2011 Intro: Deion Walker

MATTHEWS, N.C. --- Deion Walker might be the lightning in Butler's high powered offense, but don't assume he's one-dimensional. The 5-foot-10, 190-pounder is an all-around ‘back that is just as capable of running inside as he is outside.

"He's a guy that's big and powerful – because he's 190 pounds – and strong as an ox," Newsome said. "I like to compare him to a Knowshon Moreno-type guy that can run extremely well, but is also powerful enough to run the ball up the middle, too. He's very, very special with his hands around the football."

In Butler's base formation, the one-back spread, Walker lines up at slot receiver, which is called the "H-back" in Butler's balanced, multiple-scheme spread offense.

"The thing about Deion is Deion has great hands [as a receiver]," Newsome said. "…From that slot position, he gets to carry the ball on jet sweeps and buck sweeps."

When Butler lines up in a two-back set, Walker is the second running back with Jahwan Edwards. In an I-formation, Walker is the tailback, with Edwards as the fullback. In a shotgun split-back set, Walker and Edwards sandwich quarterback Christian LeMay.

"It really gives us a lot of options because we have a guy like Jahwan who is our thumper and then Deion is our lighting guy," Newsome said.

Last season, Walker rushed for 707 yards and 11 touchdowns on 93 carries (7.6-yard average). He also caught 18 passes for 334 yards and a couple of scores.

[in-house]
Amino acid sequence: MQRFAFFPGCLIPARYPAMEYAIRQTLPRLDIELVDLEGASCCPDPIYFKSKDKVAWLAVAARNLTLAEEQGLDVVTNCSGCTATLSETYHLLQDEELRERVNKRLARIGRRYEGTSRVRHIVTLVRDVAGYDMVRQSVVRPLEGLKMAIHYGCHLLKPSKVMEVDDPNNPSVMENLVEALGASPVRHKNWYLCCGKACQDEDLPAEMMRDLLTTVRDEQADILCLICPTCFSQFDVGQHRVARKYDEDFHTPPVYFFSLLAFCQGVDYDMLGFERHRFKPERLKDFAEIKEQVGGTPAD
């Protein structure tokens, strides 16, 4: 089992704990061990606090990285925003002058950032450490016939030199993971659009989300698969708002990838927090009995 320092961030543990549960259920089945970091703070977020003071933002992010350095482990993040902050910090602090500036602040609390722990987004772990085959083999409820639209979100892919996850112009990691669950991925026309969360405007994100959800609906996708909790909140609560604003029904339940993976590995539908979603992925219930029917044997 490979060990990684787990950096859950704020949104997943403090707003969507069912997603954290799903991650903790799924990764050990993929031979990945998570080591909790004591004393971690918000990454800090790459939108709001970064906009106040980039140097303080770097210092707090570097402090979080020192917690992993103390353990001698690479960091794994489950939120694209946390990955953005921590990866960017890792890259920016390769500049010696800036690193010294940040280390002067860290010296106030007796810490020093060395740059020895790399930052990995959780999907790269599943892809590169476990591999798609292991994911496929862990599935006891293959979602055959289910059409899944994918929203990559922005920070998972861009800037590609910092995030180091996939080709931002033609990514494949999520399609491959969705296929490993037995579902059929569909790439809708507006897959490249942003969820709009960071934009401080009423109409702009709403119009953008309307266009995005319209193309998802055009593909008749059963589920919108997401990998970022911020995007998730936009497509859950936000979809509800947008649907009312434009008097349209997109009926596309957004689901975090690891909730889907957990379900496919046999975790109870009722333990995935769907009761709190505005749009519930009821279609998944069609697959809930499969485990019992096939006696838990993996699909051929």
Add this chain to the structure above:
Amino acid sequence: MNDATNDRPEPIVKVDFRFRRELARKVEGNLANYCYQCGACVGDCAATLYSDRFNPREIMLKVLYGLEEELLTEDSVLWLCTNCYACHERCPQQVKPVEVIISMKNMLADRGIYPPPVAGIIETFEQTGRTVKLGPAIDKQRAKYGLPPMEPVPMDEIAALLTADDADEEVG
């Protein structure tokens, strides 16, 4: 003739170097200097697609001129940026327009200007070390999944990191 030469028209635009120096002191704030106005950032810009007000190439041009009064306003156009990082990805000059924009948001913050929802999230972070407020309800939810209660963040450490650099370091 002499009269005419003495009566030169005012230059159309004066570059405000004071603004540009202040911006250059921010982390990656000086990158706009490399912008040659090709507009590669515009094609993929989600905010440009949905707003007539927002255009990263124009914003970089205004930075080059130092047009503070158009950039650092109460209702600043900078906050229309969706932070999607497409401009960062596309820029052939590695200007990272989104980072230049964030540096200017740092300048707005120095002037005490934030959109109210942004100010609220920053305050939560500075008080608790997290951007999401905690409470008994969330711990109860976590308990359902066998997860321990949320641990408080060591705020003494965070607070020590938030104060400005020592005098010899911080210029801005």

Additionally, Walker returns kickoffs for Butler. He accumulated 432 yards on 16 returns last season.

Schools like Alabama, Clemson, Georgia, Illinois, North Carolina, South Carolina, and Virginia Tech have expressed interest in Walker. Illinois actually verbally offered at one point, but backed off after changes within its coaching staff.

"Everybody has talked about how they love both [Walker and Edwards]," Newsome said. "Running backs are just the last guys [offered], unless they're just phenoms.

"The thing is with [Edwards and Walker] you don't look at them because neither one of them had 1,000 yards rushing. We didn't have a kid on our team that had 1,000 yards rushing, but we had seven kids that had over 500 yards rushing because we give the ball to a bunch of different people. The stats aren't going to jump out at you, so they're going to have to impress coaches with their play."

Walker plans to impress coaches with his play on the summer camping circuit. He's considering camping at Clemson, Georgia, UNC, and Virginia Tech.

With so much uncertainty, Walker isn't favoring any schools.

"I'm just looking for somewhere to fit in," Walker said. "I'm just looking at [each school's] offense and see how the depth chart is."

Walker has made unofficial visits to South Carolina and Virginia Tech.

Deion Walker Profile


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